Changes to any of the variables will rais or lower the acceleration number, ie, add 100 lb/ft of torque with a nitrous kit, and you get 1.27 g's.

Change to 4.10 gears, and you get 1.278 g's.

Reduce the weight of the car by 600 lbs, and you get 1.271 g's.

Obviously you can also dollarize the equation, assigning the cost of the modification to the g's, ie:

Nitrous kit costs $1200, you gain .25 g's, the cost is $300 per .1 g gained.

Gears cost $600, you gain .25 g's, the cost is $150 per .1 g gained.

As you can see, the better investment purely from this standpoint are the Gears - more "bang for the buck". Lets say you could gain 33hp from a $400 throttle body and intake. This would be equal in value to the nitrous, at about $300/.1 g gained, though still inferior to the gears.

The article contains many caveats regarding things like aerodynamic drag not being factored into the equation - and this is true. But this forumula is at least invaluable in prioritizing the various modifications in at east a quasi-scientific manner.

If you can find it, seek out the article and read it (he has a similar write-up in the July issue regarding lateral acceleration, ie, handling and braking, that has similar potential in determining which handling modifications to do first.

I think aerodynamic loads get discussed next month. I for one am all ears.

tripleblack
 

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Well, my 02 GT I have now is my 3rd stang I've owned but is the first I' ve decided to modify.:happyhapp After searching websites, reading magazines, and just talking to other mustang owners, it seem to me (esp. on my budget) that making the most of the horsepower I have is the way I need to go. Of course I will start with giving it a breath of fresh air with K&N intake system, X pipe, and Flowmasters. ( I like the rumble, had em on my 94 cobra) Next will be 4.10s ( the car only sees about 3 to 4 thousand miles a year), and of course the Superchips flash tuner. Subframe connecters to reduce the "off the line" flex. Suspension upgrade to get the power to the ground. And like you said, reduce the weight. Light weight rims such as the Steeda offerings though I haven't decided yet. Ilike the idea of a 10.5 in rim in. the back with a drag radial to get some good bite. Aluminum drive shaft, and a rear seat delete. Already stripped the trunk. After all that, then I'll start really tearing into it. Forged pistons and rods, cam, injectors, fuel pump and haven't decided on the Procharger P1sc or Kenne Belle 1700.:eyepoppin But like I said, I just want to wake up what I have now:sleeping: . Then we'll go for broke!:kooky:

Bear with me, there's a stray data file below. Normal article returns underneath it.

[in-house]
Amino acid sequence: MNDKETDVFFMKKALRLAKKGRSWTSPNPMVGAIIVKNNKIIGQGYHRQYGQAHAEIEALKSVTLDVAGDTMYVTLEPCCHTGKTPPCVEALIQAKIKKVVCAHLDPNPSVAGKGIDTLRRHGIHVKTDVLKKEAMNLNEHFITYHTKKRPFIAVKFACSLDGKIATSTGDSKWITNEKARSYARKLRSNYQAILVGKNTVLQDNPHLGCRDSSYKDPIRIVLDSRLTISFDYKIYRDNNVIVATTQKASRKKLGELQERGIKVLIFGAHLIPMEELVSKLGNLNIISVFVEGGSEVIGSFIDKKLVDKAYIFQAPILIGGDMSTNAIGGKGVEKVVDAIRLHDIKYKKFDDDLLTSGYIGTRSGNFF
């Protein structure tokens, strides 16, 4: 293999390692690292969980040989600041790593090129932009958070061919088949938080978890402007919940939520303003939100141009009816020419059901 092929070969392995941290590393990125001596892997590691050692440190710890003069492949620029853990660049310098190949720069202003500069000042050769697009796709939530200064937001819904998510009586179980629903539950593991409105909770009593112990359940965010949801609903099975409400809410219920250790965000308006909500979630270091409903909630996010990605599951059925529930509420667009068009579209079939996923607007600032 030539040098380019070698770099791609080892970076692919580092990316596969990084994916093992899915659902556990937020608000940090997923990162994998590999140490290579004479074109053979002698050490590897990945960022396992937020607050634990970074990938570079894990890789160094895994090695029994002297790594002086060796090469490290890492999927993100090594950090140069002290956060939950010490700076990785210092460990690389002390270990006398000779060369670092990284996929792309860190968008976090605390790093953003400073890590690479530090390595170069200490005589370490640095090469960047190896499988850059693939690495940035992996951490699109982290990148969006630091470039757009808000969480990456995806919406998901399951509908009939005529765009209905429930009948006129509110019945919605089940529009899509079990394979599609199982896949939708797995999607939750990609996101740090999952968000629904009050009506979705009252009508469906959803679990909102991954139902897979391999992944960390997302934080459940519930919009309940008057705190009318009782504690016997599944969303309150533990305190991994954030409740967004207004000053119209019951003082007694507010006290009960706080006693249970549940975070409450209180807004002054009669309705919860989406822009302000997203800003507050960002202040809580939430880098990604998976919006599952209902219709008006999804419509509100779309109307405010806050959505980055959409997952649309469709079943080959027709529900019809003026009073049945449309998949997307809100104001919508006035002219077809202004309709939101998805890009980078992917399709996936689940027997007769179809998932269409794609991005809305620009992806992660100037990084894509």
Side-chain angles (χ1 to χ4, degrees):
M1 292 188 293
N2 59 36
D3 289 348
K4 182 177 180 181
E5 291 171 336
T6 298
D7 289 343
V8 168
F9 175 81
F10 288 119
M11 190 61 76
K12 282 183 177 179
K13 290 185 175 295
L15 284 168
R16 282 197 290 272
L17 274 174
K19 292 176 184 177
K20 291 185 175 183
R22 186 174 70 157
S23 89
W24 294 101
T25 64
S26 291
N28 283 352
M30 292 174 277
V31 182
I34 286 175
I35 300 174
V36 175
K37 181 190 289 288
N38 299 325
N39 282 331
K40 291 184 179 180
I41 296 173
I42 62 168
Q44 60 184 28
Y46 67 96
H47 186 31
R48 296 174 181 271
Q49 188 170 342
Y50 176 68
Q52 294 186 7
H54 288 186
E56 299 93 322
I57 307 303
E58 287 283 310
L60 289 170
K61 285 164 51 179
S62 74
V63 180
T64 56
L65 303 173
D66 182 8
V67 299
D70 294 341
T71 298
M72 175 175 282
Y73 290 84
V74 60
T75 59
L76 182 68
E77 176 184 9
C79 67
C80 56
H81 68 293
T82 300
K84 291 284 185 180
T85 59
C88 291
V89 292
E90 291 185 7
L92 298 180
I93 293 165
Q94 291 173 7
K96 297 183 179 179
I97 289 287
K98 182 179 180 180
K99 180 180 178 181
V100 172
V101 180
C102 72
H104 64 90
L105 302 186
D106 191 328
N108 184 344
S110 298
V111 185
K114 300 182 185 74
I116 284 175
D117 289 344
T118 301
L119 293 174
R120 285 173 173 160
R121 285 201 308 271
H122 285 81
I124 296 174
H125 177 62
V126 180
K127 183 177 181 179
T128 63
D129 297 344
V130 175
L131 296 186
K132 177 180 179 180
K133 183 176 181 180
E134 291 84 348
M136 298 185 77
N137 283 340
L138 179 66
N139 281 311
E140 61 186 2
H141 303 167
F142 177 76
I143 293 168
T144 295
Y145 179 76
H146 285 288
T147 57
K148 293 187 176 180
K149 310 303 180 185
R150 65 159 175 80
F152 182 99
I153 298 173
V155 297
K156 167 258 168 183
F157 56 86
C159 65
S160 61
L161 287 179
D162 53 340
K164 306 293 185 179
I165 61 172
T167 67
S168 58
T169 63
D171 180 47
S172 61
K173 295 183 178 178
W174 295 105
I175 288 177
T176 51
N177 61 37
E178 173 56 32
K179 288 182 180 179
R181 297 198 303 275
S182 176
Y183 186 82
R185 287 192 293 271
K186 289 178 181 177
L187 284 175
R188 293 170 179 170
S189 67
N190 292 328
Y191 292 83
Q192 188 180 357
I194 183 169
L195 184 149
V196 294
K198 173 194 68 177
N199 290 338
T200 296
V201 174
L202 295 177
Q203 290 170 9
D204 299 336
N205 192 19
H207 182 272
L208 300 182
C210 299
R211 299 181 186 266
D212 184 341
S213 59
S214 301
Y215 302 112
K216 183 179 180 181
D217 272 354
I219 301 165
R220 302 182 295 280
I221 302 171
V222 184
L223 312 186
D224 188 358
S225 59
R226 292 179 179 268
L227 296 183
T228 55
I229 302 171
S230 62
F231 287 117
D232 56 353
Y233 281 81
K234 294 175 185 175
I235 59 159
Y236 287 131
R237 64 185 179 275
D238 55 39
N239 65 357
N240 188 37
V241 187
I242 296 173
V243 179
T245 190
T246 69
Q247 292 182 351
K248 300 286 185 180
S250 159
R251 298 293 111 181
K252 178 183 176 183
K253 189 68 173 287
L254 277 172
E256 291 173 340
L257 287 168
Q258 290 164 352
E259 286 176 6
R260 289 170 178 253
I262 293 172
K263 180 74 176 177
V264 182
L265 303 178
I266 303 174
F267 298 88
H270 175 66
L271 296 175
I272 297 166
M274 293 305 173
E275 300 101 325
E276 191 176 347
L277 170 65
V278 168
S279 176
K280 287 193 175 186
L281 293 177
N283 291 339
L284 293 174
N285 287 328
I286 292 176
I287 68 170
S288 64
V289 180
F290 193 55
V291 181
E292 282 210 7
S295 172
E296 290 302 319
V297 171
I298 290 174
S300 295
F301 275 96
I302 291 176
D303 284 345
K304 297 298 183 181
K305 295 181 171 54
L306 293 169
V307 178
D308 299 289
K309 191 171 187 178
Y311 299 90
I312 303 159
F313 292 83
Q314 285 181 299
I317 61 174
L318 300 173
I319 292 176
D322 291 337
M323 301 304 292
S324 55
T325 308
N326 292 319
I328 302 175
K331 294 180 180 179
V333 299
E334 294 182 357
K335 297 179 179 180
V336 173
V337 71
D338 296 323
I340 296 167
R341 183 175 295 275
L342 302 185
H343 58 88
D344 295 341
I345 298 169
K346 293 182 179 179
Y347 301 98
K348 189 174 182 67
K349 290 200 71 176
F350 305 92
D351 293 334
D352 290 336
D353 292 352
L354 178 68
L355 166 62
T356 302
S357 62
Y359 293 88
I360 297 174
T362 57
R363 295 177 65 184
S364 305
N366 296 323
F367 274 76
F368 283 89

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Discussion Starter · #4 ·
Using the formula, gears are almost always your best "bang for the buck", with exhaust near the bottom (though a perrenial favorite due to the visceral need to advertise the muscle under the hood).

My own priotizing would be:

1. Brakes - OE brakes stink. Upgrade to Cobra kit brakes will set you back about $500 or so. Logic: If you can't stop, you are endangering yourself and all those expensive mods you just made - so make the brakes #1.

2. Shifter - OE shifter sucks. Upgrade to Steeda or MDW. $180. Shifter is worst peforming oe part on the car. Missing gears can ruin your whole day (and your transmission).

3. SCT tuner (Diablo a good 2nd choice). Tune will allow you to control many downstream mods, and yield immediate gains of response, hp and torque. $400.

4. Gears. 3.55 if you're going after a Kenne Bell or Whipple SC - 3.73 or 4.10's other wise. Depending on mileage of your car, may need complete new set of bearings, too. $600+ installed. Best "seat of the pants" change you'll make short of major engine build, sc, turbo or nitrous.

5. Forking of the decision tree. If you're going with a naturally aspirated build, best investment here is the biggest one. Cams, springs, & ported/polished heads. You can add about 60hp here - and cost about $3000+, including labor and misc. parts. Expensive route. This DOES NOT INCLUDE lots of other expensive bolt-ons you will probably want, like bigger tb, intake, injectors, maf, cai, etc, etc.